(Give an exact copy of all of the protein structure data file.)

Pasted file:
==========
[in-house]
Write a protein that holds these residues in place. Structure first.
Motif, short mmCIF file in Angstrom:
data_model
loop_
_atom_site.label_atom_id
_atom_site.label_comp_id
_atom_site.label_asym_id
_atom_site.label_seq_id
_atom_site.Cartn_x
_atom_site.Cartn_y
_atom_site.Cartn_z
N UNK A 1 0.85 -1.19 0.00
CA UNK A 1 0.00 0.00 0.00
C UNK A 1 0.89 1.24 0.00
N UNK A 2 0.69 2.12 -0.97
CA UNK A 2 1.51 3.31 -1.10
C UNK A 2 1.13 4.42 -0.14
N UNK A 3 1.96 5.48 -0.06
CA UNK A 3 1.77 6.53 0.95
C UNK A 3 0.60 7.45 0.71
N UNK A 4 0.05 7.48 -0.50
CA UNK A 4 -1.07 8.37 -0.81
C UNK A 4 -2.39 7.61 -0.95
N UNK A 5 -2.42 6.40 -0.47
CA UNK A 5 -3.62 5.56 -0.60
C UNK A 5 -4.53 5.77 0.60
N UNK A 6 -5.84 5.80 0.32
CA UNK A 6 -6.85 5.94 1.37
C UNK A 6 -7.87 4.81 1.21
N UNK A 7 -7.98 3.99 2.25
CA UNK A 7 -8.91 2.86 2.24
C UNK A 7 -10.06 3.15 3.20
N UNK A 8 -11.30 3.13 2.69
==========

[in-house]
Write a protein that holds these residues in place. Structure first.
Motif, short mmCIF file in Angstrom:
data_model
loop_
_atom_site.label_atom_id
_atom_site.label_comp_id
_atom_site.label_asym_id
_atom_site.label_seq_id
_atom_site.Cartn_x
_atom_site.Cartn_y
_atom_site.Cartn_z
N UNK A 1 0.85 -1.19 0.00
CA UNK A 1 0.00 0.00 0.00
C UNK A 1 0.89 1.24 0.00
N UNK A 2 0.69 2.12 -0.97
CA UNK A 2 1.51 3.31 -1.10
C UNK A 2 1.13 4.42 -0.14
N UNK A 3 1.96 5.48 -0.06
CA UNK A 3 1.77 6.53 0.95
C UNK A 3 0.60 7.45 0.71
N UNK A 4 0.05 7.48 -0.50
CA UNK A 4 -1.07 8.37 -0.81
C UNK A 4 -2.39 7.61 -0.95
N UNK A 5 -2.42 6.40 -0.47
CA UNK A 5 -3.62 5.56 -0.60
C UNK A 5 -4.53 5.77 0.60
N UNK A 6 -5.84 5.80 0.32
CA UNK A 6 -6.85 5.94 1.37
C UNK A 6 -7.87 4.81 1.21
N UNK A 7 -7.98 3.99 2.25
CA UNK A 7 -8.91 2.86 2.24
C UNK A 7 -10.06 3.15 3.20
N UNK A 8 -11.30 3.13 2.69